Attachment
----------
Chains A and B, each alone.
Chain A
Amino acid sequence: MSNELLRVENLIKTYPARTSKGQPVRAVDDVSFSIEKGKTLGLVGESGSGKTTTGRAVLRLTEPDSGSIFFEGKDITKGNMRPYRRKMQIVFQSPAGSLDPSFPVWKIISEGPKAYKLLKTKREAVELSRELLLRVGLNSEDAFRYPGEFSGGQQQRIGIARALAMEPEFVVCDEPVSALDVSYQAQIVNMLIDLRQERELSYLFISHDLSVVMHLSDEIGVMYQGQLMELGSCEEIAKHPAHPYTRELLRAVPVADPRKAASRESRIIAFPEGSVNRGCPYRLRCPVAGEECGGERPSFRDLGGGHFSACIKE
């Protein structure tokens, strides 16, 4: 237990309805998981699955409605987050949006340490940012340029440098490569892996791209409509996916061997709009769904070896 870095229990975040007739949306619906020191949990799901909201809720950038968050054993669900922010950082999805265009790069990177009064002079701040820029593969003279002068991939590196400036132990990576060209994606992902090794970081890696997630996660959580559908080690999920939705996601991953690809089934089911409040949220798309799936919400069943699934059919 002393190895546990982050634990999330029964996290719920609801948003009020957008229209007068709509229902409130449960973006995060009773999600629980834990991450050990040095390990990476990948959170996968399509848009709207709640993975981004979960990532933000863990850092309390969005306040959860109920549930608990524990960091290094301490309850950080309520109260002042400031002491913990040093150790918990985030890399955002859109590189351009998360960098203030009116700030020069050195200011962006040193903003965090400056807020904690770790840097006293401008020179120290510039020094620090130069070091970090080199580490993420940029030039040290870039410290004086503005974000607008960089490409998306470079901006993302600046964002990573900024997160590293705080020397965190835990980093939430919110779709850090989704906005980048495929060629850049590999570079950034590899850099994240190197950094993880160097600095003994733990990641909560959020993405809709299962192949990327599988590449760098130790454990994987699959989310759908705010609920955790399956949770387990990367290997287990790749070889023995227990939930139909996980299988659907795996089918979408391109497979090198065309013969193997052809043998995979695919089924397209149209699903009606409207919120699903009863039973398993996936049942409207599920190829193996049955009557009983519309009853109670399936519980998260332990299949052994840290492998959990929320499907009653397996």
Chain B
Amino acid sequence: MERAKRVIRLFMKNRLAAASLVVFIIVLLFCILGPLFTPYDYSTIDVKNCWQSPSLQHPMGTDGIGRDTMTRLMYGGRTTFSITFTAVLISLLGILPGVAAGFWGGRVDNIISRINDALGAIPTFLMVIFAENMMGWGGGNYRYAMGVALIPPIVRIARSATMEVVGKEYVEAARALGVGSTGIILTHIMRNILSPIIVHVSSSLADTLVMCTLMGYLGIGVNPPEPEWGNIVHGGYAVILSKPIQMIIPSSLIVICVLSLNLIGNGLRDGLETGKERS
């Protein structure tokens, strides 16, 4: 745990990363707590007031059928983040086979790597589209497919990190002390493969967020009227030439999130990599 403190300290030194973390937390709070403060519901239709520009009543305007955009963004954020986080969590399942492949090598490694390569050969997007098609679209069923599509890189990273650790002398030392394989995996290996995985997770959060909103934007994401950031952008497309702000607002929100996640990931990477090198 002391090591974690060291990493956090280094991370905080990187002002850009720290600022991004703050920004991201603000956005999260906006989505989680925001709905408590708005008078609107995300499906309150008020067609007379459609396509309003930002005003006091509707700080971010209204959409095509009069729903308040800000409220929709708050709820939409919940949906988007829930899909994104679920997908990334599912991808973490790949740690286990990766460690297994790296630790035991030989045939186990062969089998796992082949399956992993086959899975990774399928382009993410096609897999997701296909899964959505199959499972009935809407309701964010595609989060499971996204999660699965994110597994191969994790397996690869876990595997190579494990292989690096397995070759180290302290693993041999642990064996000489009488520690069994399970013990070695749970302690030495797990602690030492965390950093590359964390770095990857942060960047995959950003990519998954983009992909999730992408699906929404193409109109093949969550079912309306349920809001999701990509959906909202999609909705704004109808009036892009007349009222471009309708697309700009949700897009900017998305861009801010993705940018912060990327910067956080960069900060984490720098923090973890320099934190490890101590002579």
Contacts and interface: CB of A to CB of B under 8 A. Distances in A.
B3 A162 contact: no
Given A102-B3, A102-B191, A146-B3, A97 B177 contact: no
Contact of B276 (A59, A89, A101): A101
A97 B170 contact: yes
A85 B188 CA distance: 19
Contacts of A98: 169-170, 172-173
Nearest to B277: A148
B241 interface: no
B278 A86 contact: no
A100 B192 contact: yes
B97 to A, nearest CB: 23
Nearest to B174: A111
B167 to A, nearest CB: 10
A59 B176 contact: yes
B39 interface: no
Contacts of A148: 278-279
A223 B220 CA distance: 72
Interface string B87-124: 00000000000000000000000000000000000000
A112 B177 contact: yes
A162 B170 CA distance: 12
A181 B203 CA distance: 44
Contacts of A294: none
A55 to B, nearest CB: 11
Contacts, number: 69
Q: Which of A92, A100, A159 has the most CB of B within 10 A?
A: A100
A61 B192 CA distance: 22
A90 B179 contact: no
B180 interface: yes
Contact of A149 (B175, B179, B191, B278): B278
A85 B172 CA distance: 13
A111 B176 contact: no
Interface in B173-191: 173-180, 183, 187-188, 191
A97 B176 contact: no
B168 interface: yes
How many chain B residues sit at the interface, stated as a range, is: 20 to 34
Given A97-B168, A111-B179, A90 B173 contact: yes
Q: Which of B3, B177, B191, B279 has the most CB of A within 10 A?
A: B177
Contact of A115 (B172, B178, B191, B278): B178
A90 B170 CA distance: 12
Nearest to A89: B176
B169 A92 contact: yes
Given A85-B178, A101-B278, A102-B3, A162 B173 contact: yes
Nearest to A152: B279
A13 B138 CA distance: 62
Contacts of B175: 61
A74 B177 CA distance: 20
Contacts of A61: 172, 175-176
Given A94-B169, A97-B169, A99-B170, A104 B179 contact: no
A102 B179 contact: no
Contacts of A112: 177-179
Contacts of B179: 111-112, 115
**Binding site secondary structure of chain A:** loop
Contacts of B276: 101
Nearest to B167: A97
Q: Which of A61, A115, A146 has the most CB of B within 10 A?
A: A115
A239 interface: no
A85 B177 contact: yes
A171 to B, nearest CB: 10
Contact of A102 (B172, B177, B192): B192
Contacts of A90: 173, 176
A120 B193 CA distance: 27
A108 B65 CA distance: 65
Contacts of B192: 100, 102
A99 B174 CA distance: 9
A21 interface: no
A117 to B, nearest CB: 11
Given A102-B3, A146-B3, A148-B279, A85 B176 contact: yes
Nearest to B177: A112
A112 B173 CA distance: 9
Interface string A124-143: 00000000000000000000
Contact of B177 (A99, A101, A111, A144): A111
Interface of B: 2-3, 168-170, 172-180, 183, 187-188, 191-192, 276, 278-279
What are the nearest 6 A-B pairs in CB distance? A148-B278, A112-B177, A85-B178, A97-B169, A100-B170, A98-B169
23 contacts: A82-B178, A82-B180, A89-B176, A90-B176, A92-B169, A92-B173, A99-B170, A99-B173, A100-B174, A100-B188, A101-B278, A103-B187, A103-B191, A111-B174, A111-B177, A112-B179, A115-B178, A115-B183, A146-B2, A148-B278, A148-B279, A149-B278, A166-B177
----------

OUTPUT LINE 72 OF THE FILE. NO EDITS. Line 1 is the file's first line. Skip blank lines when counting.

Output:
A120 B193 CA distance: 27